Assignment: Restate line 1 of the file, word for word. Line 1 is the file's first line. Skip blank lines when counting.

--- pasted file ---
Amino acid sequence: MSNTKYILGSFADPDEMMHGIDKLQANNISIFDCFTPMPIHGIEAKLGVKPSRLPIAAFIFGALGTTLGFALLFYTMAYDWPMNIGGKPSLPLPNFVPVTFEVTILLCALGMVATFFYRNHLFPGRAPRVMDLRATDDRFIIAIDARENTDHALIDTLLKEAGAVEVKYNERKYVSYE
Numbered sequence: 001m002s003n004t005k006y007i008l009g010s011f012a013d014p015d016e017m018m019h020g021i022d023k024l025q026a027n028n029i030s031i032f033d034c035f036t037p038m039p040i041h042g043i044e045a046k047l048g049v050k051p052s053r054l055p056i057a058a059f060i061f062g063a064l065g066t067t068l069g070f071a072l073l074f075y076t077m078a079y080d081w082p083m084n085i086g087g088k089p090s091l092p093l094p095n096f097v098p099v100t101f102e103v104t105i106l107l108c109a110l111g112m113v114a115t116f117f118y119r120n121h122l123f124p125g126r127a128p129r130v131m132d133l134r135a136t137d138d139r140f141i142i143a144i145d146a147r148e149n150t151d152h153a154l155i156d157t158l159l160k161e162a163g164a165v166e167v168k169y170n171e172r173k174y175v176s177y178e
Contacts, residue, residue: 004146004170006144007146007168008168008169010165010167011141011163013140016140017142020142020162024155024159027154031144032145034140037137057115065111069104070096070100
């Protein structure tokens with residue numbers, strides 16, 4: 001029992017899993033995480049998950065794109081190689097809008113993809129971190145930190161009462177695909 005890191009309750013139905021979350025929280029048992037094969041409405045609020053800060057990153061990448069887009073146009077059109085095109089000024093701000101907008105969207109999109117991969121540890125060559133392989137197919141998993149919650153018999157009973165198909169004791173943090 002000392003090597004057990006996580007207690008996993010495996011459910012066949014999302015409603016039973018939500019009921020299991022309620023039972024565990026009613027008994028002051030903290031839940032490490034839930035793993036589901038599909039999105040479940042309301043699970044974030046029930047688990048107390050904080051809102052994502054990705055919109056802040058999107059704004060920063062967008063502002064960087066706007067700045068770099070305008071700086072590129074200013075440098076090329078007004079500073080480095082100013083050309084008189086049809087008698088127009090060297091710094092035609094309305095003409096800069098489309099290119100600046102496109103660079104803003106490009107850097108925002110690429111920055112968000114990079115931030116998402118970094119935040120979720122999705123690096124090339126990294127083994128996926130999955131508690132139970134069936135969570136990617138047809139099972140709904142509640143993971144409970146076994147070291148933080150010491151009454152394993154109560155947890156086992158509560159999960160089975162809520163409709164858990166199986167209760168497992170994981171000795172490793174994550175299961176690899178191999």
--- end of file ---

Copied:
Amino acid sequence: MSNTKYILGSFADPDEMMHGIDKLQANNISIFDCFTPMPIHGIEAKLGVKPSRLPIAAFIFGALGTTLGFALLFYTMAYDWPMNIGGKPSLPLPNFVPVTFEVTILLCALGMVATFFYRNHLFPGRAPRVMDLRATDDRFIIAIDARENTDHALIDTLLKEAGAVEVKYNERKYVSYE